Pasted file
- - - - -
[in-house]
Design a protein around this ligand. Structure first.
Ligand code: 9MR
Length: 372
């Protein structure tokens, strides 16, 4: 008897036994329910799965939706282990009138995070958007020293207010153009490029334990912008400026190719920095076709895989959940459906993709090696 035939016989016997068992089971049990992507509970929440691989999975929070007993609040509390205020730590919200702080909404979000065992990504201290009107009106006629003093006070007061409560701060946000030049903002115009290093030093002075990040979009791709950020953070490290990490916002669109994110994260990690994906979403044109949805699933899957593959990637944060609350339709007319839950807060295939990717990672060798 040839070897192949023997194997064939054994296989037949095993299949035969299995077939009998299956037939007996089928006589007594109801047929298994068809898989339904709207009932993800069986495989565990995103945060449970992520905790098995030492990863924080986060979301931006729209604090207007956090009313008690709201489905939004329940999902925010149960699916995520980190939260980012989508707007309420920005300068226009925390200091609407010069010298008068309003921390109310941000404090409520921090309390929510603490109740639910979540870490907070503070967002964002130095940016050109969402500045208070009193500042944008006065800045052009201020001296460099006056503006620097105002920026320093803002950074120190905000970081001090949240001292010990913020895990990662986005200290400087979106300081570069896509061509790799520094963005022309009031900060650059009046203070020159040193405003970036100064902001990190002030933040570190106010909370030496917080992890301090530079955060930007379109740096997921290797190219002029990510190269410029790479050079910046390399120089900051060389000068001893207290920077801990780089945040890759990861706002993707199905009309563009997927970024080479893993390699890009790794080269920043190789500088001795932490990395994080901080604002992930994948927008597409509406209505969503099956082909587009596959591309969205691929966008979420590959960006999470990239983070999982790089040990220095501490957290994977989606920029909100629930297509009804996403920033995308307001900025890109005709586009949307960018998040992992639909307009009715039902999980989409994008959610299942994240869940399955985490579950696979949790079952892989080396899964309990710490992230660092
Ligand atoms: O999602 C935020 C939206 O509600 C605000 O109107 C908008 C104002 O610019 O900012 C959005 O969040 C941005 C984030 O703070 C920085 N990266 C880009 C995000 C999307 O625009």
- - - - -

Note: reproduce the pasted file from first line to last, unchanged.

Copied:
[in-house]
Design a protein around this ligand. Structure first.
Ligand code: 9MR
Length: 372
């Protein structure tokens, strides 16, 4: 008897036994329910799965939706282990009138995070958007020293207010153009490029334990912008400026190719920095076709895989959940459906993709090696 035939016989016997068992089971049990992507509970929440691989999975929070007993609040509390205020730590919200702080909404979000065992990504201290009107009106006629003093006070007061409560701060946000030049903002115009290093030093002075990040979009791709950020953070490290990490916002669109994110994260990690994906979403044109949805699933899957593959990637944060609350339709007319839950807060295939990717990672060798 040839070897192949023997194997064939054994296989037949095993299949035969299995077939009998299956037939007996089928006589007594109801047929298994068809898989339904709207009932993800069986495989565990995103945060449970992520905790098995030492990863924080986060979301931006729209604090207007956090009313008690709201489905939004329940999902925010149960699916995520980190939260980012989508707007309420920005300068226009925390200091609407010069010298008068309003921390109310941000404090409520921090309390929510603490109740639910979540870490907070503070967002964002130095940016050109969402500045208070009193500042944008006065800045052009201020001296460099006056503006620097105002920026320093803002950074120190905000970081001090949240001292010990913020895990990662986005200290400087979106300081570069896509061509790799520094963005022309009031900060650059009046203070020159040193405003970036100064902001990190002030933040570190106010909370030496917080992890301090530079955060930007379109740096997921290797190219002029990510190269410029790479050079910046390399120089900051060389000068001893207290920077801990780089945040890759990861706002993707199905009309563009997927970024080479893993390699890009790794080269920043190789500088001795932490990395994080901080604002992930994948927008597409509406209505969503099956082909587009596959591309969205691929966008979420590959960006999470990239983070999982790089040990220095501490957290994977989606920029909100629930297509009804996403920033995308307001900025890109005709586009949307960018998040992992639909307009009715039902999980989409994008959610299942994240869940399955985490579950696979949790079952892989080396899964309990710490992230660092
Ligand atoms: O999602 C935020 C939206 O509600 C605000 O109107 C908008 C104002 O610019 O900012 C959005 O969040 C941005 C984030 O703070 C920085 N990266 C880009 C995000 C999307 O625009």